The lethal combination of the implementation of export curbs along with government stockpiling of local supplies in countries where essential medical goods are produced has disrupted cross-border trade and equitable access during the pandemic.

That said, our paper does not confront a herculean challenge of ineffective global governance through international institutions such as the World Trade Organisation (“WTO”) directly. Plurilateral agreement is not crucial for the implementation of our proposed solution, instead, we proposed to identify a less direct measure which can be implemented incrementally in a bottom-up way through the government to government negotiation of Preferential Trade Agreements (“PTAs”) combined with the leveraging of technological solutions. 

 

The Part 1 of our research paper, focuses on some measures that may be described as controversies, and points out how necessary it is to take into account “different levels of actual or projected COVID-19 outbreaks with varying population sizes, domestic medical equipment/drug manufacturing capacities, public health infrastructure and population demographics” and other indicators which may have influenced the introduction of these measures. 

 

To make our case, we examined government trade and procurement policy responses and actions collected in the Global COVID-19 Policy Response initiative, spearheaded by the FLI from March 11th 2020 to July 24th 2020. To date, the GCPR database contains about 400 entries of international trade measures taken by various nations and international organizations. Upon the completion of the extensive task that is the collection of trade measures, as well as the preliminary classification of such measures, the GCPR Database will undergo a more refined process that places trade measures and policies into suitable subcategories. Our research collected data from Australia, Brazil, Canada, EU, Latin America, Kenya, Uganda, OECS & CARICOM and the United States, the said reports are attached and marked Appendices at the end of the paper. 

 

In Part 2 we provided an overview of the literature outlining the checkered history relating to the inclusion of government procurement provisions in trade agreements. Given the average size of public procurement markets, its economic significance to international trade should not be under emphasised. On the other hand, the variety of size indicates how inextricably linked public procurement markets are with the nature and structure of domestic economies, developmental stage and political objectives along with the size of governments and levels of accountability.

 

Inclusion of Government Procurement in trade agreements has always been a complex challenge. In bilateral agreements, post-colonial states have been cautious about entering into agreements with former colonizing states aimed at liberalising domestic procurement markets because of asymmetrical supplier capacities and levels of industrialization. In addition, the WTO plurilateral Agreement on Government Procurement (“WTO-­ GPA”) was revised in 2014, however, out of 164 WTO member states only 48 have signed the WTO-GPA. Moreover, to date, there are no African, Caribbean and/or Pacific (ACP) signatories, while, as of February 2020, the post-Brexit, United Kingdom, is recorded as having Observer status only.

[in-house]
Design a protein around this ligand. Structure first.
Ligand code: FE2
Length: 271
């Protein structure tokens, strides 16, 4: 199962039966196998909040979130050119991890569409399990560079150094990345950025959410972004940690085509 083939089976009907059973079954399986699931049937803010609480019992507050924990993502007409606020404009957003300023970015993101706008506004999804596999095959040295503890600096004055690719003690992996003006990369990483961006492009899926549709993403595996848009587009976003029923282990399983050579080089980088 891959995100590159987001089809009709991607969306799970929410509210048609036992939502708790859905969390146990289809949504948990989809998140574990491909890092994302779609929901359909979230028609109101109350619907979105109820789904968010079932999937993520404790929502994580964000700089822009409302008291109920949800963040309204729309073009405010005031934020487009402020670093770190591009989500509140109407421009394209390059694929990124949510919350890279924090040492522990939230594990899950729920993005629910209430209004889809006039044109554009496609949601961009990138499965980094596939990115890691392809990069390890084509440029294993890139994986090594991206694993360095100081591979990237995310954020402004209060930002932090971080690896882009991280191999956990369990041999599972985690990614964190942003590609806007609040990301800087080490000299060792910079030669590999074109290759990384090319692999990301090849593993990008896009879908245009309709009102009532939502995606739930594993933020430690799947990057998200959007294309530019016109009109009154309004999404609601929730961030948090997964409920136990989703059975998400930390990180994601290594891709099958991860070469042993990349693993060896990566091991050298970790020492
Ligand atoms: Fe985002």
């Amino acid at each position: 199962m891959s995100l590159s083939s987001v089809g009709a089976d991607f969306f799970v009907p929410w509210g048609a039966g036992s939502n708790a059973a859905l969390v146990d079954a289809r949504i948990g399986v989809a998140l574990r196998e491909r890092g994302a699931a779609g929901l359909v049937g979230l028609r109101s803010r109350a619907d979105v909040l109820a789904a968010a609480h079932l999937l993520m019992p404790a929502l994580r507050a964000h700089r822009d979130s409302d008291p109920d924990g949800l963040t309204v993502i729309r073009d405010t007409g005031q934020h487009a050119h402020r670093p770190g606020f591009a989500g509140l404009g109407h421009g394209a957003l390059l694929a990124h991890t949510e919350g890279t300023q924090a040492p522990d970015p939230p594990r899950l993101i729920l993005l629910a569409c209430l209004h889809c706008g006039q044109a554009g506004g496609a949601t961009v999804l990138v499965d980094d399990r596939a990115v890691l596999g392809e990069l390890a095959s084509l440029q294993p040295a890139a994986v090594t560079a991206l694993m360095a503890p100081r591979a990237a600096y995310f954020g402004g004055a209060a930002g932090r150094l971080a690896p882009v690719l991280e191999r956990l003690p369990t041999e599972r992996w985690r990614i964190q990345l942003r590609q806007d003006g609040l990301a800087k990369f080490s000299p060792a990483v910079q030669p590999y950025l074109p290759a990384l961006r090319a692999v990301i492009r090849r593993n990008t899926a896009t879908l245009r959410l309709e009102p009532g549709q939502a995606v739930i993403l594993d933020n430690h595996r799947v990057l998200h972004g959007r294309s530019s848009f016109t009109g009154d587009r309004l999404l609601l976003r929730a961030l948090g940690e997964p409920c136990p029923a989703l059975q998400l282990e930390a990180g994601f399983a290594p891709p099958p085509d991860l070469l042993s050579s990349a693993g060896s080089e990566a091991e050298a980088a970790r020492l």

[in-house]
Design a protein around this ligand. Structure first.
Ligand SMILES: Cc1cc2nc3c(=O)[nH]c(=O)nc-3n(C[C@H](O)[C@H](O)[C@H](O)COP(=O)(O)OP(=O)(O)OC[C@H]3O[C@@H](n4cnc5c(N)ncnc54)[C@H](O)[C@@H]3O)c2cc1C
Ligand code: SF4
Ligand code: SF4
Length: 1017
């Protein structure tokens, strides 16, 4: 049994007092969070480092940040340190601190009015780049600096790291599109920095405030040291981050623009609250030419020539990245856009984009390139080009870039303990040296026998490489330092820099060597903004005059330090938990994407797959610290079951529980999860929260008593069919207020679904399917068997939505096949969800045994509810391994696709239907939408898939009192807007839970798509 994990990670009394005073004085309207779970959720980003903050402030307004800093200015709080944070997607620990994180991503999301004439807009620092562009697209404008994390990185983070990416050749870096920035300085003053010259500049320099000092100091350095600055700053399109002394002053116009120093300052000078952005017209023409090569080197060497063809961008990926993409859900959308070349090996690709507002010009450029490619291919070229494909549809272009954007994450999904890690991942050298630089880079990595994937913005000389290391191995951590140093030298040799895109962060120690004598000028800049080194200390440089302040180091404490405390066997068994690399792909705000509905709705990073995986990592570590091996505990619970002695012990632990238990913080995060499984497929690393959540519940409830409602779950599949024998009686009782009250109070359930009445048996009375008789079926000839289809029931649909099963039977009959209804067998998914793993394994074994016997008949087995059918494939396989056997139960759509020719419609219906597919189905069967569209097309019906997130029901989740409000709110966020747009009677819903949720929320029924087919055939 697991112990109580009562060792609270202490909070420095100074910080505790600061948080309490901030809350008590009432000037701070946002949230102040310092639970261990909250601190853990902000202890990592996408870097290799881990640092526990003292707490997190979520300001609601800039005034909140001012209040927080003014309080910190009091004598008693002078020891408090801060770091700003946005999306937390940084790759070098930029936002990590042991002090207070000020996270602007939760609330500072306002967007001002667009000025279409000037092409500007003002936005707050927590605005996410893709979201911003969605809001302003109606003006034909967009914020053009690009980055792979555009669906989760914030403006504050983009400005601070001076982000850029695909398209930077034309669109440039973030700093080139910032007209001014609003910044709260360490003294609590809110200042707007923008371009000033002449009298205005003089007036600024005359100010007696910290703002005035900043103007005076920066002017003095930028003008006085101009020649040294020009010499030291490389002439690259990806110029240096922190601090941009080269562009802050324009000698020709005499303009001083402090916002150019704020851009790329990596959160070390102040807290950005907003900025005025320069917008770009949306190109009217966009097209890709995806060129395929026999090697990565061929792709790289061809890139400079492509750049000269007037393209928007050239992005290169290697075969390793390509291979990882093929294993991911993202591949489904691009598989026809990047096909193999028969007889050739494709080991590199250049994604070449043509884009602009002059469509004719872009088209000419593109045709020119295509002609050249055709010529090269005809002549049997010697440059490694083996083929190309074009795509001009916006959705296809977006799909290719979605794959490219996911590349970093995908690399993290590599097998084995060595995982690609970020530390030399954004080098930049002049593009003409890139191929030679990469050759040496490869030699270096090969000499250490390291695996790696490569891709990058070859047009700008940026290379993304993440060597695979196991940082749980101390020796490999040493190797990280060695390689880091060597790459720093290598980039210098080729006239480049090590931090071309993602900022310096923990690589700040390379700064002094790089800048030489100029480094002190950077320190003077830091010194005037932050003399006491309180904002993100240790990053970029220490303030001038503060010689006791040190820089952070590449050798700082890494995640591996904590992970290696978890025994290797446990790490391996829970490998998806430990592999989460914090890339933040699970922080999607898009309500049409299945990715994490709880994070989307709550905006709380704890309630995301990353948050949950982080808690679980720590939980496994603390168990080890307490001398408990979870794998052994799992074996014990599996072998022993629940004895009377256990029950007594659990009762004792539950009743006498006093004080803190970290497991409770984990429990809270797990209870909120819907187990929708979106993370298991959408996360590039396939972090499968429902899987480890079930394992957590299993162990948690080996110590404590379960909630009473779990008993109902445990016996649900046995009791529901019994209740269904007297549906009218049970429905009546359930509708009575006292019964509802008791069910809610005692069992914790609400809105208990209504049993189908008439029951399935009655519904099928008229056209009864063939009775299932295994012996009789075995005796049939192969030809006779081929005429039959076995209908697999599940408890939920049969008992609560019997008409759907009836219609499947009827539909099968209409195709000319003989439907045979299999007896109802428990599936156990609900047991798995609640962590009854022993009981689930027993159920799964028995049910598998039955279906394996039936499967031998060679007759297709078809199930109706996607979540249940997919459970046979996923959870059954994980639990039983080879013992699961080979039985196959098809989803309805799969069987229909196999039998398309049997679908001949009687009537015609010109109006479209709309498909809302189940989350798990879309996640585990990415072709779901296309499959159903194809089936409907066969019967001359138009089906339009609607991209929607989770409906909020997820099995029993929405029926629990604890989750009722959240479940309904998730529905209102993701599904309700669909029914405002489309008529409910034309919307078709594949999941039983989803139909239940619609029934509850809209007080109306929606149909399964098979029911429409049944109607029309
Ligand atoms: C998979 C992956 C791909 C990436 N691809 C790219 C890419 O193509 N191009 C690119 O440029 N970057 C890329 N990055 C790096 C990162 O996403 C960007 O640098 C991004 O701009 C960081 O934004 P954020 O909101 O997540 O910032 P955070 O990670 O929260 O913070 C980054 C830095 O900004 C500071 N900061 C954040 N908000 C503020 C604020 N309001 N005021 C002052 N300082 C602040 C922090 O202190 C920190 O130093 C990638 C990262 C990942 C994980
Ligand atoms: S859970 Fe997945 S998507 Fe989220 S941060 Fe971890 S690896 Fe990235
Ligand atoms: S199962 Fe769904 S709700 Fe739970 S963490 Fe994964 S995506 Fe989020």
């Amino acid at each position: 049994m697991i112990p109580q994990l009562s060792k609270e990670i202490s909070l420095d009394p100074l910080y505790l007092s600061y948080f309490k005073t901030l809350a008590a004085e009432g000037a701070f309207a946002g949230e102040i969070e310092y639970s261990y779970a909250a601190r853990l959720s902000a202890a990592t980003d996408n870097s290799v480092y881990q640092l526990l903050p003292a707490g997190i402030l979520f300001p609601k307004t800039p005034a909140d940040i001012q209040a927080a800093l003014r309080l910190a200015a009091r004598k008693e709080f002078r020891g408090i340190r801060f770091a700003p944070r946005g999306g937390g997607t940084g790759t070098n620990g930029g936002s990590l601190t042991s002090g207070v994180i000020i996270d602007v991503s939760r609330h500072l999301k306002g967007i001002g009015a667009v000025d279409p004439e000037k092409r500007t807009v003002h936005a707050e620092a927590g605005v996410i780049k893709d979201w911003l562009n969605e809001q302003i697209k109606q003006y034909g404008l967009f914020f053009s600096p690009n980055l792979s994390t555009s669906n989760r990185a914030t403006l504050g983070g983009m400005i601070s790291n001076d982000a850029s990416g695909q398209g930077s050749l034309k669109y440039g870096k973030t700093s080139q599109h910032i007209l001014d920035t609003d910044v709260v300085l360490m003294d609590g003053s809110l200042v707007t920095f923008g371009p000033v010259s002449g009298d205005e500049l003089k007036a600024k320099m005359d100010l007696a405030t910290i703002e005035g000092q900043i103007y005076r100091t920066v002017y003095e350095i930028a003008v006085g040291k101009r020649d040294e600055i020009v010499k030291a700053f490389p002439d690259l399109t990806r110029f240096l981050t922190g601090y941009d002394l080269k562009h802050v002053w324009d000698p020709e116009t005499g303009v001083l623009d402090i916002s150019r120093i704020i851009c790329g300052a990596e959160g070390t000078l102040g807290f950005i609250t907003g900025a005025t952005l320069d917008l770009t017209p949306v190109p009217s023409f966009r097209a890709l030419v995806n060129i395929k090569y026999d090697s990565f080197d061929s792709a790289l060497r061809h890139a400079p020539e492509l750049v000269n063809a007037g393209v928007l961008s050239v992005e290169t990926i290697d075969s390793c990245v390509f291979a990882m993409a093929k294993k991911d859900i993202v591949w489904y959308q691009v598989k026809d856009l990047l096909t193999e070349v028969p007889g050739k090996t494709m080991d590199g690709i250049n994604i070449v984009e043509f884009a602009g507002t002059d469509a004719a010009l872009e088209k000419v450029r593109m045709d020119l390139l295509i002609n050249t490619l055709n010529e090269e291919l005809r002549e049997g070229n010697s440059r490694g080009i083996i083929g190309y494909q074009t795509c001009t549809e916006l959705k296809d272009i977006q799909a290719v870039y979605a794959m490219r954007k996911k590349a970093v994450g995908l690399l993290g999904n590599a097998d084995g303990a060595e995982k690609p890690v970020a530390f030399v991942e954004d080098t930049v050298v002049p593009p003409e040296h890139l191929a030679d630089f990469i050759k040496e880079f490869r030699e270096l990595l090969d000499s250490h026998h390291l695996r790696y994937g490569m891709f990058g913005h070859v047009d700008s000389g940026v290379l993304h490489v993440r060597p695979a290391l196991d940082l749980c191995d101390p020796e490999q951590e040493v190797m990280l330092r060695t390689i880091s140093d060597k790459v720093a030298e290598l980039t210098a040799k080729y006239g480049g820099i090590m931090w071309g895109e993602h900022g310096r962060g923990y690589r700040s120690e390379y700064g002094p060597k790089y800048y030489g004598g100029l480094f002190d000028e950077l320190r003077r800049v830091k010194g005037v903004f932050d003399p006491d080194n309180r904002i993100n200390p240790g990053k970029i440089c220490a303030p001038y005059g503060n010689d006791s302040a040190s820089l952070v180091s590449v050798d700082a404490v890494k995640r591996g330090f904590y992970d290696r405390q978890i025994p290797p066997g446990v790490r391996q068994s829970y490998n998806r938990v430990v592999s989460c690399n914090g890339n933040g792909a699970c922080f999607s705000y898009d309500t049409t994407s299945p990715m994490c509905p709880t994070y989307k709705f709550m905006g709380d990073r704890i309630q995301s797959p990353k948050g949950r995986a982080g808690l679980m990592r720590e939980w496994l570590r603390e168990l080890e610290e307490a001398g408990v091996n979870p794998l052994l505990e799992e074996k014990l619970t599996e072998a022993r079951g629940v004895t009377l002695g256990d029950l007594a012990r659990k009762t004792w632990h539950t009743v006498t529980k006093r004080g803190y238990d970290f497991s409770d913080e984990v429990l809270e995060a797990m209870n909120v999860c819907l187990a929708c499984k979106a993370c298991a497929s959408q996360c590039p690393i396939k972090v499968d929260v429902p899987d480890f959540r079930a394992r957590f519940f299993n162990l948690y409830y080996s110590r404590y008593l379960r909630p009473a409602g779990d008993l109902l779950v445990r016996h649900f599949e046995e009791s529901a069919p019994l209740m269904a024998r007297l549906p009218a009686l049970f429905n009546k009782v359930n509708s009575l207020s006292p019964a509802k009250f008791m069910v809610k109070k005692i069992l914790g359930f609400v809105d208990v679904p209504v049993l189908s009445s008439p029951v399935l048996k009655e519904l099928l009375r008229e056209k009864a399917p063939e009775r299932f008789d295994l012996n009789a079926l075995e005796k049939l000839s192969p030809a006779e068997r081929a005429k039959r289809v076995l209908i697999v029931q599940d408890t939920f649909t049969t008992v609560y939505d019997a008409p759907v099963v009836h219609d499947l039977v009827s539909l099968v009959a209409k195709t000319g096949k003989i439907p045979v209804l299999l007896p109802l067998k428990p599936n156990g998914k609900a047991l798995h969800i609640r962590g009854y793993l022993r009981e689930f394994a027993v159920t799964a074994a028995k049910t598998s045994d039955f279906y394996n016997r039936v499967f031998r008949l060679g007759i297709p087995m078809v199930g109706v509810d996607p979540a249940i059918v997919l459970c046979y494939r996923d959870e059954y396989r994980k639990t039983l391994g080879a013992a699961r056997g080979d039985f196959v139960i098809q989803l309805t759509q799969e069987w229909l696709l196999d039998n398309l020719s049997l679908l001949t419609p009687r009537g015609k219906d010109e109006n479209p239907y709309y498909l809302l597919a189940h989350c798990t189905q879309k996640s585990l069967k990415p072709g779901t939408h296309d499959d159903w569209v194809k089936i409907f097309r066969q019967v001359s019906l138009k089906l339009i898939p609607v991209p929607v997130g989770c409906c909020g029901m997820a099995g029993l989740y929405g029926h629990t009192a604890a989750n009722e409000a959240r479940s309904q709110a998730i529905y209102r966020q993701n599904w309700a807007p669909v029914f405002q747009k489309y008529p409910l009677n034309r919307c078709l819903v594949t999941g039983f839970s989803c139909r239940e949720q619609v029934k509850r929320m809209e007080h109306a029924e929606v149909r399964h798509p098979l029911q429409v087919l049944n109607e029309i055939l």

Driven by the lack of uptake at the plurilateral level, in the last two decades, there has been a rapid proliferation of PTAs worldwide. Since 2000, the European Union (EU) has pursued negotiation of procurement policy with trade partners and has spurred the bottom-up growth of transnational public procurement rules in PTAs in Regional Trade Agreements which include prominent public procurement chapters. In 2007 the CARIFORUM EU EPA was signed representing the first trade agreement between former colonizers and post-colonial states which included public procurement provisions. This landmark case was afterwards followed by many African countries signing similar EPAs containing public procurement provisions.

 

In 2020, the tables have turned and the majority of PTAs notified to the WTO contain public procurement provisions albeit with varying levels of coverage and substantive content. This bottom-up and horizontal convergence of common norms in public procurement in PTAs therefore provide a unique field of study for transnational cooperation on commercial matters. Countries have been more effective at negotiating shared supra-national public procurement norms on a bilateral basis than through the plurilateral WTO-GPA.

 

Procurement volatilities experienced across multiple jurisdictions combined with evidence of a rich transnational network of PTAs where states universally agree to transparency in cross-border procurement, present an opportunity to leverage this moment to introduce Model “Crisis” Procurement Provisions. 

 

In Part 3 of the paper, we argue for the development of Model ‘Crisis’ Procurement Provisions (Appendix XI) to be included in the menu of possible provisions to be used by governments in negotiating or renegotiating PTAs.